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1

It's bad practice to assume every user is familiar with keyboard commands and contextual menus, because many aren't (I know someone who just found out about CTRL + C/V, and he's college-educated and has been using computers for years). While they can benefit UX by streamlining commands, your interface and functionality should be able to stand on its own. ...


2

I agree that we can certainly improve search and a lot can be done to make both the technology and experience efficient and user friendly. With current technologies Given the current state of technology, I think the following should be included in search engines: Auto-suggest Better categorisation. Now, this can go bad if not implemented properly as ...


3

If anyone had an answer that wasn't 'in a book' or 'copy Google' they'd probably keep their lips sealed for exactly the reason your questions alludes to: search is big business and still often a big problem, if you can make it better you can make money. In the interim here's a few things that most websites are missing from their search functionality that ...


-2

You want to create a class for all divs. <div class="box"></div> but for the last div, create an id. <div class="box" id="rightbox"></div> then style them via css .box { //Your styles } #rightbox { // your unique styles for the right box } Make sure that you mark conflicting styles as !important in the ...


3

I would simply separate it a little bit from the group and put a subtle divider in between. White space is a powerful tool for grouping.


1

If you do decide to go with gridlines, you must consider a few issues: Screen size is important - lots of grid lines close together on a small screen will be far more confusing than helpful. Besides, if the screen is small enough (i.e. anything mobile) your users will probably be able to check easily against the relevant axis. Perhaps have a rule that ...


3

I think it varies with the amount of data you wish to display. Let's take line charts for example - if you have only one or two lines describing your data, I think it becomes relevant to see the grid (and does not cause much clutter) as it helps to see the reference values. e.g. Seeing that the blue line just went over the '50' line grid is pretty easy to ...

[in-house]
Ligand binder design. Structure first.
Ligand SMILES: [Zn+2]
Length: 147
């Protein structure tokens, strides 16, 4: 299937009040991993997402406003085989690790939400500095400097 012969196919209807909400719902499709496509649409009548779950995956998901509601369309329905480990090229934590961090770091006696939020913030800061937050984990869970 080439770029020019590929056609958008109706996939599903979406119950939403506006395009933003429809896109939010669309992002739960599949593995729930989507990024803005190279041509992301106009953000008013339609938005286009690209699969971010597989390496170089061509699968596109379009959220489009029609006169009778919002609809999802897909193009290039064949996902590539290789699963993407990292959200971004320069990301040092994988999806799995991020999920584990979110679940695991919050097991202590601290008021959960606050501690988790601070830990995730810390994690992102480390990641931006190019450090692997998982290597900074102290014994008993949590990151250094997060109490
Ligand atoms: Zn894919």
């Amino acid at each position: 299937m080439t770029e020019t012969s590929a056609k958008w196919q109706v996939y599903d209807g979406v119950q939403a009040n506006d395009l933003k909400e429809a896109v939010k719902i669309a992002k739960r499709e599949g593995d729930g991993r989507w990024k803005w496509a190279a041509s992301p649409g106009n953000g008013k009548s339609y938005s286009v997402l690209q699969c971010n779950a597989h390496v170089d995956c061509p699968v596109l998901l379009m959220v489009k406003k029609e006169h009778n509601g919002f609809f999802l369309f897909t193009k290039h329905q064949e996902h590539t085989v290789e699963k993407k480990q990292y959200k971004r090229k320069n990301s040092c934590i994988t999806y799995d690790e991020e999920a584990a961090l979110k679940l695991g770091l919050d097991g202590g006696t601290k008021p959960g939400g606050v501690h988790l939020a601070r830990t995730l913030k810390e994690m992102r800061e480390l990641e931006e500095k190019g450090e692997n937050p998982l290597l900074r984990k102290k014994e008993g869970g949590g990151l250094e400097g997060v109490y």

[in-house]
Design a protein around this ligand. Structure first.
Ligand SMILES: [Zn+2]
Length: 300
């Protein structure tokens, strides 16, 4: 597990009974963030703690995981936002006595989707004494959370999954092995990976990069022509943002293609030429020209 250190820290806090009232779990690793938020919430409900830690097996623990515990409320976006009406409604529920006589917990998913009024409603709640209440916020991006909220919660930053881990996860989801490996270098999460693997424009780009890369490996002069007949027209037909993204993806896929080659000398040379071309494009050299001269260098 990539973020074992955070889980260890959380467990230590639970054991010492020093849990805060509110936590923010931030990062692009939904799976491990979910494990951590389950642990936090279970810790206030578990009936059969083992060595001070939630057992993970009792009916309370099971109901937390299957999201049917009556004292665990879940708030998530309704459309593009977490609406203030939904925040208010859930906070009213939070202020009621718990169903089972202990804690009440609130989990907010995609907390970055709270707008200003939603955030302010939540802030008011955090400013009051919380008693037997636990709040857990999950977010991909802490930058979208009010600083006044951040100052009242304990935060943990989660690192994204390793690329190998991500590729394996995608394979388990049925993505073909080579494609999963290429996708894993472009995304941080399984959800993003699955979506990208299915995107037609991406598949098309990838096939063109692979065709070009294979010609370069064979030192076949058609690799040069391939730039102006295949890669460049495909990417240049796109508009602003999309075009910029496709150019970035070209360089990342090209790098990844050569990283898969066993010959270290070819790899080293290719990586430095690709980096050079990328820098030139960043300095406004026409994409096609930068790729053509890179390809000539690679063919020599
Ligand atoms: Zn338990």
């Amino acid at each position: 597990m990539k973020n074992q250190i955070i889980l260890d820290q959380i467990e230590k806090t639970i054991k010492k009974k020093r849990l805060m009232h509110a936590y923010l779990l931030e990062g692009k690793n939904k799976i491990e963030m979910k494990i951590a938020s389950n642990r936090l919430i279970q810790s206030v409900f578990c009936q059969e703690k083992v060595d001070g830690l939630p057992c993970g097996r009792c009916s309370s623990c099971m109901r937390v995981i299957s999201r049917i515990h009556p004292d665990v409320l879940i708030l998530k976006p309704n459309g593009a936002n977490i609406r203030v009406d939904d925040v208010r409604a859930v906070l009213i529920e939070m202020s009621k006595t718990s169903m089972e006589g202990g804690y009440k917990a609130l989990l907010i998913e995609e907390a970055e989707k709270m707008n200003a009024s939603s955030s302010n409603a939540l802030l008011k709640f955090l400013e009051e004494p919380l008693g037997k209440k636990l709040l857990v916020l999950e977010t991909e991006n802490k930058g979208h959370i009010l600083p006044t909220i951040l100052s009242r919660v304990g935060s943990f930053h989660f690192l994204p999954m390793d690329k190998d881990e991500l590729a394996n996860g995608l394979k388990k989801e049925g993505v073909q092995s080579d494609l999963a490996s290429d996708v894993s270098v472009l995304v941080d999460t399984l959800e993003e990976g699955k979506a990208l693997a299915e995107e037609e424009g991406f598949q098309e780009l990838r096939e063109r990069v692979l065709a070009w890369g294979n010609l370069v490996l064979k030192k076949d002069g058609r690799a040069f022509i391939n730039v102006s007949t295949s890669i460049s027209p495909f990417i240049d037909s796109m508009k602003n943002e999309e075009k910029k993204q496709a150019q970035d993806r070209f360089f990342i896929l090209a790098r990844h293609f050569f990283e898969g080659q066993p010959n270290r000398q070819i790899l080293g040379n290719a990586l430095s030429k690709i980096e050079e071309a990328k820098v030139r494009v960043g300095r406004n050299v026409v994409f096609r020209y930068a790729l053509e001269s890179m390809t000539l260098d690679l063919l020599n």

-1

It can be extremely helpful if: you are familiar with the front and framework being used to create the responsive layouts you understand presentation layer code (HTML, CSS and JS) and have a good understanding of the process your developers are using to make things responsive you are in constant communication with said developers and are open to things ...


0

At my current firm, we normally give the client 3 different designs, each design with a mock-up of mobile + desktop. We work with manufacturers most of the time and to be honest, our clients rarely know what they want until we show it to them. The most useful part of making a mock-up for mobile, tablet, desktop is that you have a set point you want to end ...


0

Professionally in our e-commerce app, we typically mockup mobile, tablet and desktop. When designing please be aware that your content will stack when utilizing any responsive frameworks(bootstrap, foundation, etc). We typically leave out large desktop mockups since our max-width is set to 992px due to cart restrictions and to maintain alignment and ...


3

A progress bar kind of risk estimation can be used in this case so that the user can be provided with the percentage of risk in a visual form. More details can be provided to the user once they click the percentage displayed above the progress bar.


1

I can agree with all the information that is given on not using the gauges. But there's one user related question: Does the user know what the minimum and maximum risk number is? Is it a percentage and does everyone know if 50% is acceptable? If they don't know, the colours and even the gauge might be a good addition to make sure everyone knows what the ...


2

There is a commonly held belief that static speedometer-style gauges are bad for getting a concept across easily or efficiently on a screen based business dashboard. This seems to have to do with the data to ink ratio and the ease with which people compare angles vs length of parallel lines. e.g. refs: Not Gauges Again! and If gauge charts are bad, why do ...


2

Besides being visually pleasing and interesting, the speedometer-style graphic also adds a third dimension (space, i.e. the length of the arc), in which the information is encoded. (The first two dimensions being: the numeric digit(s), and the color.)


2

Accessible checkboxes usually require two operations to control: first the user needs to 'focus' the checkbox (usually by using the 'tab' key to move through the interface until they reach the right control) and then they need to change the state of the checkbox (usually using the 'space' key). Sighted users will skip through the page using visual cues such ...



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